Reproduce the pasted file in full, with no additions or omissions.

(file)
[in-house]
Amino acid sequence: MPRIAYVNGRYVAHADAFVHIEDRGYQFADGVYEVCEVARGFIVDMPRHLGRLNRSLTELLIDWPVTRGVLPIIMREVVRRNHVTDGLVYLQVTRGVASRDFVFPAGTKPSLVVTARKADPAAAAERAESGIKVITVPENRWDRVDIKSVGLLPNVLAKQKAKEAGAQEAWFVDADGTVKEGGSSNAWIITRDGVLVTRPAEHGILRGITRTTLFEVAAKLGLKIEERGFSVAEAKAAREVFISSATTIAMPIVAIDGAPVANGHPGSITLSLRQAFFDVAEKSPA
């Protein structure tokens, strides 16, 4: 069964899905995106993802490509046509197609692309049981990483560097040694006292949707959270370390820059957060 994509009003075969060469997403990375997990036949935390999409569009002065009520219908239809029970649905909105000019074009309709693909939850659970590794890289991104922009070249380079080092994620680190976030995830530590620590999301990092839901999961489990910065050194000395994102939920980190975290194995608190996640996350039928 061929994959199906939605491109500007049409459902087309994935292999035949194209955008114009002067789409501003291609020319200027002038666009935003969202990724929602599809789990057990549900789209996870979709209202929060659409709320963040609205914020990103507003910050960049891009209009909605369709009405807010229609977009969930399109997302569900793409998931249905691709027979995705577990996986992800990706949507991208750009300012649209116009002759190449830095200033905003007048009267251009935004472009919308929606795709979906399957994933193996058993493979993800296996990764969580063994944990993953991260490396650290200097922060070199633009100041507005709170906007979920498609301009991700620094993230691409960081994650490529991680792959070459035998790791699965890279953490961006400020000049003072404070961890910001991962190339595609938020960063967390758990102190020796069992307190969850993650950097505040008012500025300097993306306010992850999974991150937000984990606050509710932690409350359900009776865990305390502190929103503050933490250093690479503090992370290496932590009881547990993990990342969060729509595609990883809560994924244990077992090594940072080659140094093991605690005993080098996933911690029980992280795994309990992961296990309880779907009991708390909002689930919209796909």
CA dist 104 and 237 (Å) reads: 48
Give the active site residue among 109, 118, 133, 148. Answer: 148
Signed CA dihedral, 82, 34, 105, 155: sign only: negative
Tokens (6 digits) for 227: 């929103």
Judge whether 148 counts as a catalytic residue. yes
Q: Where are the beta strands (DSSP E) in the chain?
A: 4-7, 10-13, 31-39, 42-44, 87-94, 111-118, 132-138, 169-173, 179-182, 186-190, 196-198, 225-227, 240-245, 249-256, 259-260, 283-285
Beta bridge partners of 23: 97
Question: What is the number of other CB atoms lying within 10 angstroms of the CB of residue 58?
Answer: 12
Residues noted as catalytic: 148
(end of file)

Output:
[in-house]
Amino acid sequence: MPRIAYVNGRYVAHADAFVHIEDRGYQFADGVYEVCEVARGFIVDMPRHLGRLNRSLTELLIDWPVTRGVLPIIMREVVRRNHVTDGLVYLQVTRGVASRDFVFPAGTKPSLVVTARKADPAAAAERAESGIKVITVPENRWDRVDIKSVGLLPNVLAKQKAKEAGAQEAWFVDADGTVKEGGSSNAWIITRDGVLVTRPAEHGILRGITRTTLFEVAAKLGLKIEERGFSVAEAKAAREVFISSATTIAMPIVAIDGAPVANGHPGSITLSLRQAFFDVAEKSPA
């Protein structure tokens, strides 16, 4: 069964899905995106993802490509046509197609692309049981990483560097040694006292949707959270370390820059957060 994509009003075969060469997403990375997990036949935390999409569009002065009520219908239809029970649905909105000019074009309709693909939850659970590794890289991104922009070249380079080092994620680190976030995830530590620590999301990092839901999961489990910065050194000395994102939920980190975290194995608190996640996350039928 061929994959199906939605491109500007049409459902087309994935292999035949194209955008114009002067789409501003291609020319200027002038666009935003969202990724929602599809789990057990549900789209996870979709209202929060659409709320963040609205914020990103507003910050960049891009209009909605369709009405807010229609977009969930399109997302569900793409998931249905691709027979995705577990996986992800990706949507991208750009300012649209116009002759190449830095200033905003007048009267251009935004472009919308929606795709979906399957994933193996058993493979993800296996990764969580063994944990993953991260490396650290200097922060070199633009100041507005709170906007979920498609301009991700620094993230691409960081994650490529991680792959070459035998790791699965890279953490961006400020000049003072404070961890910001991962190339595609938020960063967390758990102190020796069992307190969850993650950097505040008012500025300097993306306010992850999974991150937000984990606050509710932690409350359900009776865990305390502190929103503050933490250093690479503090992370290496932590009881547990993990990342969060729509595609990883809560994924244990077992090594940072080659140094093991605690005993080098996933911690029980992280795994309990992961296990309880779907009991708390909002689930919209796909």
CA dist 104 and 237 (Å) reads: 48
Give the active site residue among 109, 118, 133, 148. Answer: 148
Signed CA dihedral, 82, 34, 105, 155: sign only: negative
Tokens (6 digits) for 227: 């929103």
Judge whether 148 counts as a catalytic residue. yes
Q: Where are the beta strands (DSSP E) in the chain?
A: 4-7, 10-13, 31-39, 42-44, 87-94, 111-118, 132-138, 169-173, 179-182, 186-190, 196-198, 225-227, 240-245, 249-256, 259-260, 283-285
Beta bridge partners of 23: 97
Question: What is the number of other CB atoms lying within 10 angstroms of the CB of residue 58?
Answer: 12
Residues noted as catalytic: 148